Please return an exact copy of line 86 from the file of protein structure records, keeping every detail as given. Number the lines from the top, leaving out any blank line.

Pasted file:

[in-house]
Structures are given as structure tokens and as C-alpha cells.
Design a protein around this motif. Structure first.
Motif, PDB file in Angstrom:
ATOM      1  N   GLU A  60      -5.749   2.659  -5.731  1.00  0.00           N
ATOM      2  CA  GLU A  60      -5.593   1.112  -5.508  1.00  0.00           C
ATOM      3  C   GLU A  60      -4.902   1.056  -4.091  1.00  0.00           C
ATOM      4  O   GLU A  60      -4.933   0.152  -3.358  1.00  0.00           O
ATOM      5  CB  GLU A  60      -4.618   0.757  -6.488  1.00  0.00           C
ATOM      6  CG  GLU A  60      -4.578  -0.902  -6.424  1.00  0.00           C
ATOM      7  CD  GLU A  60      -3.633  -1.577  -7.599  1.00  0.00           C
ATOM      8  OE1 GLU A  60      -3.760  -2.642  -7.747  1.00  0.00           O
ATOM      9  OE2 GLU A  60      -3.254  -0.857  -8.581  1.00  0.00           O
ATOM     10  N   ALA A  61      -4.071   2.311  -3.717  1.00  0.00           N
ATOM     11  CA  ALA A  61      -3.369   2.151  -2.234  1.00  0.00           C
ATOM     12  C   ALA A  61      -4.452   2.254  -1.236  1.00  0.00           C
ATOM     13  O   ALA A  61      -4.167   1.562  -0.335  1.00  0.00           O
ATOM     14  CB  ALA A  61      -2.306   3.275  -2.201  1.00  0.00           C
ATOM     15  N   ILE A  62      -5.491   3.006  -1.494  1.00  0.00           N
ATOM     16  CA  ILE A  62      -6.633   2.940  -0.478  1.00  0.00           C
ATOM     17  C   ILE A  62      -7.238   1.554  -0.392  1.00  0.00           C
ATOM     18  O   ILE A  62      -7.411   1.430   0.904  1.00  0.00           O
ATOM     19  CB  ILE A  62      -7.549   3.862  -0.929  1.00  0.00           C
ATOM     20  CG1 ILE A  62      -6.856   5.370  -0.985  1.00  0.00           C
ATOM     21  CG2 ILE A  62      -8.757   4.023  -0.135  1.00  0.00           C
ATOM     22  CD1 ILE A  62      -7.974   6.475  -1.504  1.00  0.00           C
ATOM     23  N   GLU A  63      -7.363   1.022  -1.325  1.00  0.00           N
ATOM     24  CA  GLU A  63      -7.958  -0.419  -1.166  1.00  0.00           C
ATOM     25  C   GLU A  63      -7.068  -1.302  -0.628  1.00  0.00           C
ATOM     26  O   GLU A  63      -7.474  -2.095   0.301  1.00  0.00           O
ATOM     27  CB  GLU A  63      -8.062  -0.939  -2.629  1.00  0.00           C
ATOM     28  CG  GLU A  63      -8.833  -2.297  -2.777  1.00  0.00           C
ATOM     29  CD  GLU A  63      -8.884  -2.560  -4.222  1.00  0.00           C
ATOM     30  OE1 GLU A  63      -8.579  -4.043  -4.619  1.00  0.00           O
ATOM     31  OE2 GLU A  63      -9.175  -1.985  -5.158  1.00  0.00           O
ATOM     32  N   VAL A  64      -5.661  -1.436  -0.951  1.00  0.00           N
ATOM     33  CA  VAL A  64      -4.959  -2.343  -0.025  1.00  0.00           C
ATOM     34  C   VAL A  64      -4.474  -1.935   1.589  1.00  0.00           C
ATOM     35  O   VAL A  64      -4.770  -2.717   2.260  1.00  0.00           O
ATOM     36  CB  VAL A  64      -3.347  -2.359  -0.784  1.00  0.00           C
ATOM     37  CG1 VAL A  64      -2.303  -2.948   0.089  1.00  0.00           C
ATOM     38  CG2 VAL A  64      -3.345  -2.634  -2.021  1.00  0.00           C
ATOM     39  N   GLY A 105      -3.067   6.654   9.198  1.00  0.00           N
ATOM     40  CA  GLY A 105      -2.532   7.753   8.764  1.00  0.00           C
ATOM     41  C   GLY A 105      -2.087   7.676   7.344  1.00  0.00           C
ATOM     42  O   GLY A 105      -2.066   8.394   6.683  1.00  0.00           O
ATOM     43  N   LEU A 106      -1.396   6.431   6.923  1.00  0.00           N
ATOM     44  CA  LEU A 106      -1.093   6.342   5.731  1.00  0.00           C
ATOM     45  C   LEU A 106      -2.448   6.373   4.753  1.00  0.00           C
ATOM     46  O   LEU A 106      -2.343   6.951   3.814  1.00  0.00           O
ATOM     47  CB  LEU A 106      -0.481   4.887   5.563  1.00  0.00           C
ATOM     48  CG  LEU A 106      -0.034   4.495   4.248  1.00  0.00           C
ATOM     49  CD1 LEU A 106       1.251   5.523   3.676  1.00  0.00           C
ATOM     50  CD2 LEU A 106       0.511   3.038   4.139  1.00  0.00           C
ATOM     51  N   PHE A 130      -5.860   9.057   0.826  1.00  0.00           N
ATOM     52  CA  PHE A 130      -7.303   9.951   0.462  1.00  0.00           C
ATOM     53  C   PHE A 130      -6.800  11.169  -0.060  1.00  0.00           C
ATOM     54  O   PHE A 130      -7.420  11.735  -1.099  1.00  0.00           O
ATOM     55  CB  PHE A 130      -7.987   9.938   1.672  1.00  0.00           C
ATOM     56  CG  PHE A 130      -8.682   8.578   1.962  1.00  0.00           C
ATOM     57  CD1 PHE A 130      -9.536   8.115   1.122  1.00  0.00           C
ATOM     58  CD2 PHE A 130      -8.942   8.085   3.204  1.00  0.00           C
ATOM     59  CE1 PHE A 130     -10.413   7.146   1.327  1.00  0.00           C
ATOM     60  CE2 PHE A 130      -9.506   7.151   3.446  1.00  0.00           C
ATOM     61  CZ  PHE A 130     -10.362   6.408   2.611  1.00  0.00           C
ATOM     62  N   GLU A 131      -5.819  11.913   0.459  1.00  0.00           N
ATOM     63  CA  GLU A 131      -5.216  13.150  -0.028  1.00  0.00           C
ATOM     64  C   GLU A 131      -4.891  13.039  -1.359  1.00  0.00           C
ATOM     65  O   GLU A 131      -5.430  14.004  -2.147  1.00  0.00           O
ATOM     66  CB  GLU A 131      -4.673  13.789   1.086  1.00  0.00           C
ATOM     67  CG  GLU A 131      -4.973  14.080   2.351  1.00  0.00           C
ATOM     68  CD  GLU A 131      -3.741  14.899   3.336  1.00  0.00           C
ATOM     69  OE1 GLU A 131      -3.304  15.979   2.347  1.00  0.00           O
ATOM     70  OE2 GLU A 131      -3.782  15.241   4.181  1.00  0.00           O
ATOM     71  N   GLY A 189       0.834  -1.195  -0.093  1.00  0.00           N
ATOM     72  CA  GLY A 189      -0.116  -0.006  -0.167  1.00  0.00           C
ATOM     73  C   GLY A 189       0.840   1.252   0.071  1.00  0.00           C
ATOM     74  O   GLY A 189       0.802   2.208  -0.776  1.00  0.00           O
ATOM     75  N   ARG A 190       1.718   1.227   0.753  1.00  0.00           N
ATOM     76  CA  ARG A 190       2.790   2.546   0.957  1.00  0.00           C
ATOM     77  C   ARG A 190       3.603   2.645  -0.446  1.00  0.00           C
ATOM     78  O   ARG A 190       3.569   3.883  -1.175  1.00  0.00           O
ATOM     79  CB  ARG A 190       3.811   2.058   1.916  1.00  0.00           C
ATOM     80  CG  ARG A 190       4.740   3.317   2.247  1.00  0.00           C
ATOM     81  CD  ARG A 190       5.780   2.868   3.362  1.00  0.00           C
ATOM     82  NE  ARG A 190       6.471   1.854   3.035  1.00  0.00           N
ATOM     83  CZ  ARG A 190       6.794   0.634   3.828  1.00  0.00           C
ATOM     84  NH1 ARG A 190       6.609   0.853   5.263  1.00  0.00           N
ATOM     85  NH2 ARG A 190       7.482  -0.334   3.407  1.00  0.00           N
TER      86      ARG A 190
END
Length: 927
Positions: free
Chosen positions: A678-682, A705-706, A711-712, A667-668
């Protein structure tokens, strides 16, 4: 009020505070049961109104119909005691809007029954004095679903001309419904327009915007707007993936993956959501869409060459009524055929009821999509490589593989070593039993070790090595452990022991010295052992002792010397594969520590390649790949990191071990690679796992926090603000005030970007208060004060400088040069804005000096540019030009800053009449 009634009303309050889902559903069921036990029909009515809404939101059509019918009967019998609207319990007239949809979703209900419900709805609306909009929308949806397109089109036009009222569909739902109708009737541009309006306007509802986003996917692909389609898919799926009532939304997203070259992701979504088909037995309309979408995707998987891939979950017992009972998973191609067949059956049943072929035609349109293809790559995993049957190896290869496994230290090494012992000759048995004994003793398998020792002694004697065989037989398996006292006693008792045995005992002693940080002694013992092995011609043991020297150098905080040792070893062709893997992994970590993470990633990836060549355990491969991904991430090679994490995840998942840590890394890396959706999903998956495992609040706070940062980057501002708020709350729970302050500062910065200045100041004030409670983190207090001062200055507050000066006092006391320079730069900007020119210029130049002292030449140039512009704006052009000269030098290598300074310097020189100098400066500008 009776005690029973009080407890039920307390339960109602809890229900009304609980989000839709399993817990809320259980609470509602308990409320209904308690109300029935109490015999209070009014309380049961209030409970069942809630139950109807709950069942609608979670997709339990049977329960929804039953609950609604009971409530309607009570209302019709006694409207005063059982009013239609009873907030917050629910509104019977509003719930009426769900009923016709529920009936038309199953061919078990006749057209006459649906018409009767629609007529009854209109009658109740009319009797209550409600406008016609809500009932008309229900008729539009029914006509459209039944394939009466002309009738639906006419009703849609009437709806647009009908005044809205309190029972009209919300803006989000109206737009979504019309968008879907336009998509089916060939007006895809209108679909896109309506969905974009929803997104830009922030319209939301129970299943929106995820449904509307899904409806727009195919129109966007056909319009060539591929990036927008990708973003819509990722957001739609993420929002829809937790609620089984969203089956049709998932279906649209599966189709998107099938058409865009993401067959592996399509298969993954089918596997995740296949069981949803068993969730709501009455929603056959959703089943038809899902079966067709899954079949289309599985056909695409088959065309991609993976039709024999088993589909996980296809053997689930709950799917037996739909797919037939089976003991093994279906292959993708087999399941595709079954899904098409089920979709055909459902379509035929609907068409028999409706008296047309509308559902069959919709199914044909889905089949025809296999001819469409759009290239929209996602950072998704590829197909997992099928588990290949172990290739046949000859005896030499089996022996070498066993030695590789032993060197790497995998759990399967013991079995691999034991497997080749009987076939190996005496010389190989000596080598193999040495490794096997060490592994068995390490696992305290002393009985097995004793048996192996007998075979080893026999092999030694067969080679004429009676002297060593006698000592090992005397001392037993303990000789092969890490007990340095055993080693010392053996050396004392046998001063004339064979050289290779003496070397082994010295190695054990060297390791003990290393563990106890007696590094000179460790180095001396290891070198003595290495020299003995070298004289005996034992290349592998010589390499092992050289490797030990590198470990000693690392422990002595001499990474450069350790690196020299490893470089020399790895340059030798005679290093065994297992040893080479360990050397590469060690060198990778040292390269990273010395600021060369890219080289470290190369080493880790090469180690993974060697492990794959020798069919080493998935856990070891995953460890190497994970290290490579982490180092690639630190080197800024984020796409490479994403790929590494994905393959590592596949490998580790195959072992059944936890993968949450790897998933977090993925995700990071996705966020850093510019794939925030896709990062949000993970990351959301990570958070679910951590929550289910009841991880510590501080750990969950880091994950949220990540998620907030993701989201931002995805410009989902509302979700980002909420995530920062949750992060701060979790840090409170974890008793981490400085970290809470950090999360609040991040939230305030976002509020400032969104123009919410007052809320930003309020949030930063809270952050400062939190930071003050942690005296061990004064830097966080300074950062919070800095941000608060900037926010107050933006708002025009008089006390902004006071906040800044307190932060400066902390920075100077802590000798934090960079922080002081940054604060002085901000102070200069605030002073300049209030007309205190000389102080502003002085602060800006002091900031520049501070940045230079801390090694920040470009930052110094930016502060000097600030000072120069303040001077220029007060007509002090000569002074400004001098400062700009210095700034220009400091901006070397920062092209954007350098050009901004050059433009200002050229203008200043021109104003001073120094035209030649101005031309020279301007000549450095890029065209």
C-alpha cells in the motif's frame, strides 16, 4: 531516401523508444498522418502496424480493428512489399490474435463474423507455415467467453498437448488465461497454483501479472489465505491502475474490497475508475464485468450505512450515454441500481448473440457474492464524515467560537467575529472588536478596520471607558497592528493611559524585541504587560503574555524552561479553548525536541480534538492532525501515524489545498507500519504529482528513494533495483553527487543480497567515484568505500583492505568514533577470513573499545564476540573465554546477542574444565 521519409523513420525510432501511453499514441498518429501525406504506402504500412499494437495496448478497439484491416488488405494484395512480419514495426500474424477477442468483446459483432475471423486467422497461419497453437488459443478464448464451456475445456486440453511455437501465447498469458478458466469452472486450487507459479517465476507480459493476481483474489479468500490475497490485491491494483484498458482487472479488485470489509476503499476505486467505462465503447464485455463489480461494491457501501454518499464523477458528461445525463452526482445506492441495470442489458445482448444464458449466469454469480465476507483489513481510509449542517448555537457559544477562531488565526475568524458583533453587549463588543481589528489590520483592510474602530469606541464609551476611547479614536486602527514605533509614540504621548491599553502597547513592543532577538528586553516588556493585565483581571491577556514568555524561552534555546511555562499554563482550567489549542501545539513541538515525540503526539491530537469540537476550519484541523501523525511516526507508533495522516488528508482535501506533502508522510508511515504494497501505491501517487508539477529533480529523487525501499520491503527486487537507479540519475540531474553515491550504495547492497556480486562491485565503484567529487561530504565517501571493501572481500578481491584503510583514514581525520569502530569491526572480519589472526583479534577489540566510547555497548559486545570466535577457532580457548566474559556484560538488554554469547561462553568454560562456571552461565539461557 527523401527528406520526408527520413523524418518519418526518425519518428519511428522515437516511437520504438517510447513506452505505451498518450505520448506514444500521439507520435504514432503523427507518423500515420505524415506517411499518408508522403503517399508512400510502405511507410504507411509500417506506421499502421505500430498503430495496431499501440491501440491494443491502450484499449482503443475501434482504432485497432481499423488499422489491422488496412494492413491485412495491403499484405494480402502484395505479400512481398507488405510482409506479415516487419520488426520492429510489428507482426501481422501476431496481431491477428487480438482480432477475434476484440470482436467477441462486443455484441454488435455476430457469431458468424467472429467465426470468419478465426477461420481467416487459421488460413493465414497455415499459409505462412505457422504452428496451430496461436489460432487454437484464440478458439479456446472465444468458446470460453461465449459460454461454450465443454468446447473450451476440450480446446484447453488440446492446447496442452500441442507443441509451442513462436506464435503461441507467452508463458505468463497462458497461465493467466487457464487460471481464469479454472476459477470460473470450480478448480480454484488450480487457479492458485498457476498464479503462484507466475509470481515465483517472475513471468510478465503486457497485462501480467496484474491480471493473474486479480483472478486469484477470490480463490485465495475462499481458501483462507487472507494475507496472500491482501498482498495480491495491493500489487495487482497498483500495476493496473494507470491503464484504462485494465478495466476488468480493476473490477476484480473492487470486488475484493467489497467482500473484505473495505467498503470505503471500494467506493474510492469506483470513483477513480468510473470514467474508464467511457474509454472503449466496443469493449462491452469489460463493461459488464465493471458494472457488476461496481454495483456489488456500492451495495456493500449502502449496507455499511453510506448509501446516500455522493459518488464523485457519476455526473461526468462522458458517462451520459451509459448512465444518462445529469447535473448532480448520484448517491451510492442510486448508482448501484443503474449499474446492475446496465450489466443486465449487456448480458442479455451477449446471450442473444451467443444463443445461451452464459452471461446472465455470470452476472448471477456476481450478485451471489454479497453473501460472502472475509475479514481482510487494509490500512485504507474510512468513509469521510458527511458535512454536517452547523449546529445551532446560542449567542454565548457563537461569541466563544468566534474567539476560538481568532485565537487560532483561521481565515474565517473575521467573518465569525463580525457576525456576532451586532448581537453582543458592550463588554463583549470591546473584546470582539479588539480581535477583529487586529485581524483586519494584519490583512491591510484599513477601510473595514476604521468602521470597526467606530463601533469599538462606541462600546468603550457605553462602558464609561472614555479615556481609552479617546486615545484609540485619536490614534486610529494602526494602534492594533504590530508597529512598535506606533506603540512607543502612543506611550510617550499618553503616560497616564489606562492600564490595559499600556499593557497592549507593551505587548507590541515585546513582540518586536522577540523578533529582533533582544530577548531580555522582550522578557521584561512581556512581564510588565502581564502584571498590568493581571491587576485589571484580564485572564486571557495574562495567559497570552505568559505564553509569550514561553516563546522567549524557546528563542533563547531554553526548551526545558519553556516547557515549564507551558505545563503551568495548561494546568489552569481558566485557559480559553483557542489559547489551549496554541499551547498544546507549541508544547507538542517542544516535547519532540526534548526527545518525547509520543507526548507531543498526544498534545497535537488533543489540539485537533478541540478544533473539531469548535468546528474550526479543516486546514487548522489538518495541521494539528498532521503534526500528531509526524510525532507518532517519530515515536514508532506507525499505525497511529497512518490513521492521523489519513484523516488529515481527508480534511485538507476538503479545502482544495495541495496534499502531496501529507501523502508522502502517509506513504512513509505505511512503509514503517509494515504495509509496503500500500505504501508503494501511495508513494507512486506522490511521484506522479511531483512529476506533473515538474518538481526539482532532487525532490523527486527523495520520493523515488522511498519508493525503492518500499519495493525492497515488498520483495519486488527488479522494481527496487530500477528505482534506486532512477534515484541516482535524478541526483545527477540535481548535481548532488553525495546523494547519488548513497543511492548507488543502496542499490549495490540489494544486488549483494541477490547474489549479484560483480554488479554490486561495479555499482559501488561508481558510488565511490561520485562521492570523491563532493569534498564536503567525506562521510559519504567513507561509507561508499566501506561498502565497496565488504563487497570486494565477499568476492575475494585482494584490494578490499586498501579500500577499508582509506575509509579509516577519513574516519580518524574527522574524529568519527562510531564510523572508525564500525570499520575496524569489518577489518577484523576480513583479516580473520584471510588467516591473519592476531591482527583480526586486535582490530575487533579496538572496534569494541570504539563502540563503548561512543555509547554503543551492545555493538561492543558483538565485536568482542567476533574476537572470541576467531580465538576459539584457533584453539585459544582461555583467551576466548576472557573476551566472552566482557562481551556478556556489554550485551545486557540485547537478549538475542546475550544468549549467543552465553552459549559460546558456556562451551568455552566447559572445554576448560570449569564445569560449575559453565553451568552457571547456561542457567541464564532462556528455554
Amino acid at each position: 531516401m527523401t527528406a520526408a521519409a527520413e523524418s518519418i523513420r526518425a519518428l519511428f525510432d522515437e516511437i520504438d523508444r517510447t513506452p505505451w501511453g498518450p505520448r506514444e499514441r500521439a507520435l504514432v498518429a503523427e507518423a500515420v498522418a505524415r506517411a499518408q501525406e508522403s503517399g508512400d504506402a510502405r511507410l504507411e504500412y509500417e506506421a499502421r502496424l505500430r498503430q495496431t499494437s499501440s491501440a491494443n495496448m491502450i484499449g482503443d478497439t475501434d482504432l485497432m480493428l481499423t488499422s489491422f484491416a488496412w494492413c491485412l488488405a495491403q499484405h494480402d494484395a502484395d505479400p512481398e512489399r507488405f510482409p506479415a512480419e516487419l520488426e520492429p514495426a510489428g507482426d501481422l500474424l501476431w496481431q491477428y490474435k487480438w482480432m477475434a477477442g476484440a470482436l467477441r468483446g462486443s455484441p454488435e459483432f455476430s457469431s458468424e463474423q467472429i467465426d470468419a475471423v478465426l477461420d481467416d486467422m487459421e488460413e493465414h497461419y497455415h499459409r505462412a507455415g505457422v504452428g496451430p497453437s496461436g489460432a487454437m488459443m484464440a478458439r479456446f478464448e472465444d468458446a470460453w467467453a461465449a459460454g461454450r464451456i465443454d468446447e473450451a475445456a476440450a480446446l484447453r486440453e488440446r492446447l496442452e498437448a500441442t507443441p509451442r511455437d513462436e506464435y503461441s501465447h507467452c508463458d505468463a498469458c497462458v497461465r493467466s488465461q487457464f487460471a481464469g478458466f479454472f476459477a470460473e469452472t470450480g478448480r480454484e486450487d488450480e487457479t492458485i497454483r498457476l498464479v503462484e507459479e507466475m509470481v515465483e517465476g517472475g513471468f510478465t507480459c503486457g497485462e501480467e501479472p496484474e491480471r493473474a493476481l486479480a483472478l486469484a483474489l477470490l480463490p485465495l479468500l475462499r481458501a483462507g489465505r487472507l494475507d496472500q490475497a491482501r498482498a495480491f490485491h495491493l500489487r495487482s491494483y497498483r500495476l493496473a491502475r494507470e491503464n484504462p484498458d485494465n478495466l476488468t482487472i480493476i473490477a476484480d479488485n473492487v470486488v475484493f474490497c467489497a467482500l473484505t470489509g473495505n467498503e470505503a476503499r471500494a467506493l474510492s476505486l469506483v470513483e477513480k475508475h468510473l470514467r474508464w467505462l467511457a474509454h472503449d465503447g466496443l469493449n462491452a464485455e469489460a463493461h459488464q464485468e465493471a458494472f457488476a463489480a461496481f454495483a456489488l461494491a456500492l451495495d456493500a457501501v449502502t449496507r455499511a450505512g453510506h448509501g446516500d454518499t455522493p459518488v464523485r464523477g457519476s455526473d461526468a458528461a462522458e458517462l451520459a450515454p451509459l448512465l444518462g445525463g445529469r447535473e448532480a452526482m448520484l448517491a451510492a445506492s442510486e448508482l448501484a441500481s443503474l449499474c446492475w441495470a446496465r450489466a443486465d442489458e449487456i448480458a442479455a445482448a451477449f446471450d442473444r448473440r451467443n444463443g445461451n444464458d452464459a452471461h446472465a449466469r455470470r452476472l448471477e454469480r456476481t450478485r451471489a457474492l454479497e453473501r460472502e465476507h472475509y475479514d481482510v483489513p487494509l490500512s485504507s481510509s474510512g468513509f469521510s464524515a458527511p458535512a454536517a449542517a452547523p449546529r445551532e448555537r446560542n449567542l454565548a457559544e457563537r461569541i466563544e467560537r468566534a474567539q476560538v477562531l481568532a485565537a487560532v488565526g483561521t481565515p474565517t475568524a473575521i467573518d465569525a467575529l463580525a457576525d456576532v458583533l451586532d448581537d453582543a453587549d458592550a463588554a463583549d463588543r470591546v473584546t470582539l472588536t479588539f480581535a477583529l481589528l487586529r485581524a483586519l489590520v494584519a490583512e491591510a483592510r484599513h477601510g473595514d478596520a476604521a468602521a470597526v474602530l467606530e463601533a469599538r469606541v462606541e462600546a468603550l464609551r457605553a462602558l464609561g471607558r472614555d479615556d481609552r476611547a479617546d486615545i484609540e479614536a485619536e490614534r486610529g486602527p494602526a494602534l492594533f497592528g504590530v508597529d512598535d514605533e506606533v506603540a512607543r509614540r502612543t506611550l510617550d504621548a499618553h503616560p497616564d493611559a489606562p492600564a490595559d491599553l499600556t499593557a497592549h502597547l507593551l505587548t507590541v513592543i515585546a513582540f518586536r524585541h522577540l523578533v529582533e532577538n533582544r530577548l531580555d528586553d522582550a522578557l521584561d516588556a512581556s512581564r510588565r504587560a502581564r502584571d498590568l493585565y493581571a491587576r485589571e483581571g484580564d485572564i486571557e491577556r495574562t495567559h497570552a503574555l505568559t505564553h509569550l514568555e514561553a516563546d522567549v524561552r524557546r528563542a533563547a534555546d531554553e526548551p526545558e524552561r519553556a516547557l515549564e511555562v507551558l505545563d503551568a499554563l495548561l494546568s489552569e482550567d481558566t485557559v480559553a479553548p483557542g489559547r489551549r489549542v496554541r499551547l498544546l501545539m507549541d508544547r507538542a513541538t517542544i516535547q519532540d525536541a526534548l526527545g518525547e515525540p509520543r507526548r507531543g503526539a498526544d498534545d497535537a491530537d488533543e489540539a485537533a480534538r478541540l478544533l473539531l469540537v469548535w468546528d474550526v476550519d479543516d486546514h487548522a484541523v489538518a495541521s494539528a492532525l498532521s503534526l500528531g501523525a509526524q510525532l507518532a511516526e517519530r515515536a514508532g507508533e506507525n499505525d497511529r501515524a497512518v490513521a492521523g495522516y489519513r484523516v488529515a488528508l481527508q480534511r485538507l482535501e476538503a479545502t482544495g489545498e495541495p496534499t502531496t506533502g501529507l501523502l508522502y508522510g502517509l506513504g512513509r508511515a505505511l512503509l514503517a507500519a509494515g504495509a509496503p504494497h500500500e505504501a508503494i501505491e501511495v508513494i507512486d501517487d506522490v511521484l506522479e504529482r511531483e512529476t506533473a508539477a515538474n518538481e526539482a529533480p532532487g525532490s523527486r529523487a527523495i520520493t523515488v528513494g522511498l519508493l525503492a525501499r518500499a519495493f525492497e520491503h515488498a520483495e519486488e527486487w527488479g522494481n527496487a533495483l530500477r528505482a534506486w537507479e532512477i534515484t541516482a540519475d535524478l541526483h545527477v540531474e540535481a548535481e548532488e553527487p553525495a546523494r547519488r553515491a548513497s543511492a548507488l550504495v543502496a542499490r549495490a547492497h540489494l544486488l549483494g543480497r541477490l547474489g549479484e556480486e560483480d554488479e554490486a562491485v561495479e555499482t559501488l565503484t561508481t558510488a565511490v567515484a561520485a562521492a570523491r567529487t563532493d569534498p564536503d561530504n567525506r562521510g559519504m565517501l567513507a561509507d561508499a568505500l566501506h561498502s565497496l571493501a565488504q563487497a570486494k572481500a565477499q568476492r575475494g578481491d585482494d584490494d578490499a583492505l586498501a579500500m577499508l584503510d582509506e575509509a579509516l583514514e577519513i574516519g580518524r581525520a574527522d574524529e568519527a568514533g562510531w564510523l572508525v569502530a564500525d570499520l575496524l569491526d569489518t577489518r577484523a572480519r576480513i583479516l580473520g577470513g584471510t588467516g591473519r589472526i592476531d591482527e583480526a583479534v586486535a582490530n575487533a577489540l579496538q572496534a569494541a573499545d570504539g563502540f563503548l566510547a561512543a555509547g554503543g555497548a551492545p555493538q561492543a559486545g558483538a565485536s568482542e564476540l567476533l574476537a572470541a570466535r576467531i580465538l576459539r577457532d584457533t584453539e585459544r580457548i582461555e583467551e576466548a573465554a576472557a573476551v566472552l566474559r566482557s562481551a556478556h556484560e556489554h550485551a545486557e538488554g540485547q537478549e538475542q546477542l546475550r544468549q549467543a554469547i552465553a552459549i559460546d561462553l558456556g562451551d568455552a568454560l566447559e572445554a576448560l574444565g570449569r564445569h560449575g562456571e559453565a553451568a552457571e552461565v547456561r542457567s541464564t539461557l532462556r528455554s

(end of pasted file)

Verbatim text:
ATOM     82  NE  ARG A 190       6.471   1.854   3.035  1.00  0.00           N